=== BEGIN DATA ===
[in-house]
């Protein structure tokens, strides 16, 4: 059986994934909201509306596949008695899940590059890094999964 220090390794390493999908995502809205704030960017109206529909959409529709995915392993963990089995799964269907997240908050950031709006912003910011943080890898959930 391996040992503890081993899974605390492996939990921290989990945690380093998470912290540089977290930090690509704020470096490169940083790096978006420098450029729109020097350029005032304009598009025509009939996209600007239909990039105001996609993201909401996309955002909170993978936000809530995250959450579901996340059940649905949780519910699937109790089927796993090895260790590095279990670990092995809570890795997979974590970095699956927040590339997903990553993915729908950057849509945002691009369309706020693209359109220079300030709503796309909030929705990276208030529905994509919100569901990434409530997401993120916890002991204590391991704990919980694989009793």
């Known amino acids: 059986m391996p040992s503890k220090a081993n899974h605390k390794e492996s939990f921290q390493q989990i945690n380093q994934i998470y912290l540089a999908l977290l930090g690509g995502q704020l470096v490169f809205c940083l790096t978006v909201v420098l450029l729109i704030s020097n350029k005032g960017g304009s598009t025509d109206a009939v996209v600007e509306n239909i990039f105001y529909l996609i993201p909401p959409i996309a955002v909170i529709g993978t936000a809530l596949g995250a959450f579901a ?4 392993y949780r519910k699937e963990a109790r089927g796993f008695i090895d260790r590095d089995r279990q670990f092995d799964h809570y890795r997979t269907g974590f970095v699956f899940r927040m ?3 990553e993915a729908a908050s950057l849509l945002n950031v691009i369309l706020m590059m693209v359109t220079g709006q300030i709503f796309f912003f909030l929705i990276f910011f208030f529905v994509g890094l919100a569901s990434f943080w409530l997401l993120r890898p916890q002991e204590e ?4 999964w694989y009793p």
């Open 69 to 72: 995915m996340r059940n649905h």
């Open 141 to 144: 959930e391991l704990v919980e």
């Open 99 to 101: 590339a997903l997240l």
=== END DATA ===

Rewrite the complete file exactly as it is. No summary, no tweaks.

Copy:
[in-house]
């Protein structure tokens, strides 16, 4: 059986994934909201509306596949008695899940590059890094999964 220090390794390493999908995502809205704030960017109206529909959409529709995915392993963990089995799964269907997240908050950031709006912003910011943080890898959930 391996040992503890081993899974605390492996939990921290989990945690380093998470912290540089977290930090690509704020470096490169940083790096978006420098450029729109020097350029005032304009598009025509009939996209600007239909990039105001996609993201909401996309955002909170993978936000809530995250959450579901996340059940649905949780519910699937109790089927796993090895260790590095279990670990092995809570890795997979974590970095699956927040590339997903990553993915729908950057849509945002691009369309706020693209359109220079300030709503796309909030929705990276208030529905994509919100569901990434409530997401993120916890002991204590391991704990919980694989009793």
């Known amino acids: 059986m391996p040992s503890k220090a081993n899974h605390k390794e492996s939990f921290q390493q989990i945690n380093q994934i998470y912290l540089a999908l977290l930090g690509g995502q704020l470096v490169f809205c940083l790096t978006v909201v420098l450029l729109i704030s020097n350029k005032g960017g304009s598009t025509d109206a009939v996209v600007e509306n239909i990039f105001y529909l996609i993201p909401p959409i996309a955002v909170i529709g993978t936000a809530l596949g995250a959450f579901a ?4 392993y949780r519910k699937e963990a109790r089927g796993f008695i090895d260790r590095d089995r279990q670990f092995d799964h809570y890795r997979t269907g974590f970095v699956f899940r927040m ?3 990553e993915a729908a908050s950057l849509l945002n950031v691009i369309l706020m590059m693209v359109t220079g709006q300030i709503f796309f912003f909030l929705i990276f910011f208030f529905v994509g890094l919100a569901s990434f943080w409530l997401l993120r890898p916890q002991e204590e ?4 999964w694989y009793p």
């Open 69 to 72: 995915m996340r059940n649905h």
């Open 141 to 144: 959930e391991l704990v919980e």
């Open 99 to 101: 590339a997903l997240l």